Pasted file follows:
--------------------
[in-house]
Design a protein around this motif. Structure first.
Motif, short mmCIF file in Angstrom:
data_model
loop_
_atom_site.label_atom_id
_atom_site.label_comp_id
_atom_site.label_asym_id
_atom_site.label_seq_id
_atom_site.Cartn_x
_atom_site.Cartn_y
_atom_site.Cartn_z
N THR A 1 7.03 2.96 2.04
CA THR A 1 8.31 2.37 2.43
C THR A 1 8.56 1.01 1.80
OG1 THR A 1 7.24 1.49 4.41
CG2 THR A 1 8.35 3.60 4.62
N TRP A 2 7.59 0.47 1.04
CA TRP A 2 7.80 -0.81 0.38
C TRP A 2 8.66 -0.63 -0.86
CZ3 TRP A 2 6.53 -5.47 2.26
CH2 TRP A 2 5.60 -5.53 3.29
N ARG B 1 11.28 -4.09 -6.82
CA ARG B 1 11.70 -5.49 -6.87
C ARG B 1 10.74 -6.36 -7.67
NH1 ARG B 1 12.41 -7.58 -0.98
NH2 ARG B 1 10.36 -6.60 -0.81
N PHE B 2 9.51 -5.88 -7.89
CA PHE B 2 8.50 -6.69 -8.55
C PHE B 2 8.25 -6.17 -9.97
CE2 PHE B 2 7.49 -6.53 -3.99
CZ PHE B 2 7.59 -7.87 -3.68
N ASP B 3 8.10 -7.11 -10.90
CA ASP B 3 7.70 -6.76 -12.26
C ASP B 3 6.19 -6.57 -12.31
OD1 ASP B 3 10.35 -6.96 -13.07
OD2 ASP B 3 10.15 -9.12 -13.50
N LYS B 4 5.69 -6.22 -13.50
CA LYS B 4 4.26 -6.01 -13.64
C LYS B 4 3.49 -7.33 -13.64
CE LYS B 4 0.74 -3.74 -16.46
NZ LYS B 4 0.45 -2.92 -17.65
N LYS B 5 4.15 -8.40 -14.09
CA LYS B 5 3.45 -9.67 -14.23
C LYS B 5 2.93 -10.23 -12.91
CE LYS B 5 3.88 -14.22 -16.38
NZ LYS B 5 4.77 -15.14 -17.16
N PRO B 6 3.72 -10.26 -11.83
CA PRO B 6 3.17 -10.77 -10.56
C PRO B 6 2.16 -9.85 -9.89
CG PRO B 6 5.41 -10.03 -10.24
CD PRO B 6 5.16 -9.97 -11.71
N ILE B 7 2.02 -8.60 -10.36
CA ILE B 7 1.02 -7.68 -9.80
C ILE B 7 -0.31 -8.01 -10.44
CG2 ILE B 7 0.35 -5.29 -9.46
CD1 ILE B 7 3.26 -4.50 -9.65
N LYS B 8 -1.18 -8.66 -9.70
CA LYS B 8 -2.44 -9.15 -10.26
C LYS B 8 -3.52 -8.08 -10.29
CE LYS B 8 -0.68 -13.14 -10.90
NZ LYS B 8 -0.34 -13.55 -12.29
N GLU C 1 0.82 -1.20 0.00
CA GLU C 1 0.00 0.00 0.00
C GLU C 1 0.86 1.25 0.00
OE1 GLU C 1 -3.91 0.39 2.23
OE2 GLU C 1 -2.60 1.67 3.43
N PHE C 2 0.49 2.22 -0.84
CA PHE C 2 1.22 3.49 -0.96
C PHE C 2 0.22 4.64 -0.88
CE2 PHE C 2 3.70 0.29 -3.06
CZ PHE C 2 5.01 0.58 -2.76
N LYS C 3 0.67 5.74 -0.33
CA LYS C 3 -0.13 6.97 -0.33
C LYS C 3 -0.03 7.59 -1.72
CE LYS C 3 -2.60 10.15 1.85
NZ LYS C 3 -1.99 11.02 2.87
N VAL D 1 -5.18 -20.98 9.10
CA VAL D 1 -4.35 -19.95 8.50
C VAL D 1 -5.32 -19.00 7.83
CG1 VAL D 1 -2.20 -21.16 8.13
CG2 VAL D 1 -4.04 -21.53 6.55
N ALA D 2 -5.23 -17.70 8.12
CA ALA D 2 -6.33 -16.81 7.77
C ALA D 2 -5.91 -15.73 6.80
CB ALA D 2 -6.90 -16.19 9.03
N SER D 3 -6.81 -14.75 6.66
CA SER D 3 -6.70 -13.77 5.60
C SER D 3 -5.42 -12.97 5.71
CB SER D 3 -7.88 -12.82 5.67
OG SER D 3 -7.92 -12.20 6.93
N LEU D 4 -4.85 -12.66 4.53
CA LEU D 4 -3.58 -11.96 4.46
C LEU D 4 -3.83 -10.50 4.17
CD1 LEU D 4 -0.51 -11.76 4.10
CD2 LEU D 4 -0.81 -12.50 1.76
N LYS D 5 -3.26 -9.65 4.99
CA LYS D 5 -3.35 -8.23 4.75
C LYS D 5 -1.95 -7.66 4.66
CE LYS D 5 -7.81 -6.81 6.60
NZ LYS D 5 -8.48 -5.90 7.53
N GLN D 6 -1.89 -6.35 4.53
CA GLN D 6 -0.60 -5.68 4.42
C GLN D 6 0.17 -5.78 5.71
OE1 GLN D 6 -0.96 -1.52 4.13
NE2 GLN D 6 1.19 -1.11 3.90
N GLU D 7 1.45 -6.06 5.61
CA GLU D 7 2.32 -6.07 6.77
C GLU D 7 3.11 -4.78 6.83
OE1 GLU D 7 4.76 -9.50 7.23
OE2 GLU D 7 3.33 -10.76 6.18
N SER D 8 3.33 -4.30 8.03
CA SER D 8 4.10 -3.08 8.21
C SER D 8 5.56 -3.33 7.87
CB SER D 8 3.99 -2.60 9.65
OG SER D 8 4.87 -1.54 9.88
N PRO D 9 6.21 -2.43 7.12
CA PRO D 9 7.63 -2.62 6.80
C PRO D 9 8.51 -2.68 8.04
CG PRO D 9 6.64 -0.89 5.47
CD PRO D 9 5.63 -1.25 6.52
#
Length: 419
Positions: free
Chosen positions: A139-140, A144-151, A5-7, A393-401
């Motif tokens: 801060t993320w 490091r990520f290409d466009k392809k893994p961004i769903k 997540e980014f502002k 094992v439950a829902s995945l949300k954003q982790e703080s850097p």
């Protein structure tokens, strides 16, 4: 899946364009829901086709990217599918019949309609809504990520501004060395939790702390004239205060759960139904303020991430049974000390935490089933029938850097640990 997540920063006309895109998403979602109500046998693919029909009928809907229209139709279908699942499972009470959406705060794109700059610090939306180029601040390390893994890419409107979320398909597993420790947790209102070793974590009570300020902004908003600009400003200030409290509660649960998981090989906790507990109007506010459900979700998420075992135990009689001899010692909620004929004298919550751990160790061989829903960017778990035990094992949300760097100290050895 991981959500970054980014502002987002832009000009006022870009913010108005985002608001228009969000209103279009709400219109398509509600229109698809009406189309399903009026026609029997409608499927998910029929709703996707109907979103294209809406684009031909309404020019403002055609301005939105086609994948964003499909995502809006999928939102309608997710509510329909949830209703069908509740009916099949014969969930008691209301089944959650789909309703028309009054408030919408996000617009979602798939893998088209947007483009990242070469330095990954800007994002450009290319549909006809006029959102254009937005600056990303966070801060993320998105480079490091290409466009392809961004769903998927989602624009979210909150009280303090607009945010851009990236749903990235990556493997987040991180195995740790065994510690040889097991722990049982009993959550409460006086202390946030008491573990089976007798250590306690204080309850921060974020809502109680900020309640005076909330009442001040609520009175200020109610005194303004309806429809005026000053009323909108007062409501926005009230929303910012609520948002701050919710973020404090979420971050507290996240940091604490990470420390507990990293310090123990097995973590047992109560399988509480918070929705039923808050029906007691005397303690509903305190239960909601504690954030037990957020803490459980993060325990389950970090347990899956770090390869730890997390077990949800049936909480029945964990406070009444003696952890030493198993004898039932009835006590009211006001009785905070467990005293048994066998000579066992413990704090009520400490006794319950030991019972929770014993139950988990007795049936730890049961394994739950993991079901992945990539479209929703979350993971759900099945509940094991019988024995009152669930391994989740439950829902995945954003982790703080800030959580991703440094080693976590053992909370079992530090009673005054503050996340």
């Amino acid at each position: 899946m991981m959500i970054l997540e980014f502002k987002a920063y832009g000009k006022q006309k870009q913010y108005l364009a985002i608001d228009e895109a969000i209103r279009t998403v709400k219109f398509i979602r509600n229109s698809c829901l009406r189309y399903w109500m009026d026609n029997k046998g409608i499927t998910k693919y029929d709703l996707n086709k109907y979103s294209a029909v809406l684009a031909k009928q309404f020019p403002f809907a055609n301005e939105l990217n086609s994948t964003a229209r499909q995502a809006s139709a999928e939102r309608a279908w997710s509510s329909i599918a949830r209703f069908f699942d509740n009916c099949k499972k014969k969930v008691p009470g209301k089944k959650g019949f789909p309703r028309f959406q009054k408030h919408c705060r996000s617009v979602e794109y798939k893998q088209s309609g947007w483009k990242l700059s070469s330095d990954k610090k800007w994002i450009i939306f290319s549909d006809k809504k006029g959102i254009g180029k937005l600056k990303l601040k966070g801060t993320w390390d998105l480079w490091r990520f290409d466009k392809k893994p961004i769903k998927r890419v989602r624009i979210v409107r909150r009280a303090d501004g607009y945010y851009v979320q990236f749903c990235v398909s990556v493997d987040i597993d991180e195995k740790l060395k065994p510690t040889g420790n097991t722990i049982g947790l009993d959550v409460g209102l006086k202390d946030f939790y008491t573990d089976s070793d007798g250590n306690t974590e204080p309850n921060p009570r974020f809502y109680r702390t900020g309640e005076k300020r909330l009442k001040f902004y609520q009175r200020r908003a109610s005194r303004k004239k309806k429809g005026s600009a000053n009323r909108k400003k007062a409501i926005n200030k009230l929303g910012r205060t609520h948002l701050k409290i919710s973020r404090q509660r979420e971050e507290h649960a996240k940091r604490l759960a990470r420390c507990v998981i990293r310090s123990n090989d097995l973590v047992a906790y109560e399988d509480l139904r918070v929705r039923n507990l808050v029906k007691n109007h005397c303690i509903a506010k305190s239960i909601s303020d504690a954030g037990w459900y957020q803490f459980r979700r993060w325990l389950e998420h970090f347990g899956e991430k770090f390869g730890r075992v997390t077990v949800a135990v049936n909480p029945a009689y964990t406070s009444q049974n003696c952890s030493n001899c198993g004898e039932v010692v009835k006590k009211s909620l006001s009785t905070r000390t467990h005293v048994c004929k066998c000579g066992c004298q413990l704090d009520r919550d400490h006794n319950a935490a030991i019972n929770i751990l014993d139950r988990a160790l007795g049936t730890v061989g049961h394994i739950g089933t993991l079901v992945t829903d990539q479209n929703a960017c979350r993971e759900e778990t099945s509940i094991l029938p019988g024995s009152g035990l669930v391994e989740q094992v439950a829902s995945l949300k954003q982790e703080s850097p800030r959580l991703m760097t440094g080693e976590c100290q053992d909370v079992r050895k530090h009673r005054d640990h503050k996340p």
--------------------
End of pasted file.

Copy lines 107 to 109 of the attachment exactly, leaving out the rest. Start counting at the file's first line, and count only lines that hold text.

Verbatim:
N GLU D 7 1.45 -6.06 5.61
CA GLU D 7 2.32 -6.07 6.77
C GLU D 7 3.11 -4.78 6.83